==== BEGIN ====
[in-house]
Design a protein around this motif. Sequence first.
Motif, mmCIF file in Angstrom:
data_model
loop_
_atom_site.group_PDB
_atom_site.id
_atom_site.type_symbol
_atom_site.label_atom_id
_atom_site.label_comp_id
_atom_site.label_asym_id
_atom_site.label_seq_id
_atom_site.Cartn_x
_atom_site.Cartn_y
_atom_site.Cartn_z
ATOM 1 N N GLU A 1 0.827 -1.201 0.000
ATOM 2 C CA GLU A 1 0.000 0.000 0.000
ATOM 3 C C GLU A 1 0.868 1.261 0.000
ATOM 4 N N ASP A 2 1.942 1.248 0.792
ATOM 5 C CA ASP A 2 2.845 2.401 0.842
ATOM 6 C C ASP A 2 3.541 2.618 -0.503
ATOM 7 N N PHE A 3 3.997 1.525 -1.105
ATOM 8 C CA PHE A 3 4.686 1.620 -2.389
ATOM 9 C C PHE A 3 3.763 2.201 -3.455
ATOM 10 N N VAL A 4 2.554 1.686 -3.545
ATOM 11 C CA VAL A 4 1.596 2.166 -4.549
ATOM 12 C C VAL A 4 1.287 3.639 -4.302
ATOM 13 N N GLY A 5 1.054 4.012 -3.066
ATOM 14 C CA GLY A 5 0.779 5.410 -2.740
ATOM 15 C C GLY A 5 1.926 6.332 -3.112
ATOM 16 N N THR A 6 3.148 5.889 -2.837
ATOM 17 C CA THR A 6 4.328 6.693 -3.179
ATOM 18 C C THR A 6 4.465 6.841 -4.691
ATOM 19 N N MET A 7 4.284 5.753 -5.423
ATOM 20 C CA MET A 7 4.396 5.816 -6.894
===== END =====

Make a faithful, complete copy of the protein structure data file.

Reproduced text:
[in-house]
Design a protein around this motif. Sequence first.
Motif, mmCIF file in Angstrom:
data_model
loop_
_atom_site.group_PDB
_atom_site.id
_atom_site.type_symbol
_atom_site.label_atom_id
_atom_site.label_comp_id
_atom_site.label_asym_id
_atom_site.label_seq_id
_atom_site.Cartn_x
_atom_site.Cartn_y
_atom_site.Cartn_z
ATOM 1 N N GLU A 1 0.827 -1.201 0.000
ATOM 2 C CA GLU A 1 0.000 0.000 0.000
ATOM 3 C C GLU A 1 0.868 1.261 0.000
ATOM 4 N N ASP A 2 1.942 1.248 0.792
ATOM 5 C CA ASP A 2 2.845 2.401 0.842
ATOM 6 C C ASP A 2 3.541 2.618 -0.503
ATOM 7 N N PHE A 3 3.997 1.525 -1.105
ATOM 8 C CA PHE A 3 4.686 1.620 -2.389
ATOM 9 C C PHE A 3 3.763 2.201 -3.455
ATOM 10 N N VAL A 4 2.554 1.686 -3.545
ATOM 11 C CA VAL A 4 1.596 2.166 -4.549
ATOM 12 C C VAL A 4 1.287 3.639 -4.302
ATOM 13 N N GLY A 5 1.054 4.012 -3.066
ATOM 14 C CA GLY A 5 0.779 5.410 -2.740
ATOM 15 C C GLY A 5 1.926 6.332 -3.112
ATOM 16 N N THR A 6 3.148 5.889 -2.837
ATOM 17 C CA THR A 6 4.328 6.693 -3.179
ATOM 18 C C THR A 6 4.465 6.841 -4.691
ATOM 19 N N MET A 7 4.284 5.753 -5.423
ATOM 20 C CA MET A 7 4.396 5.816 -6.894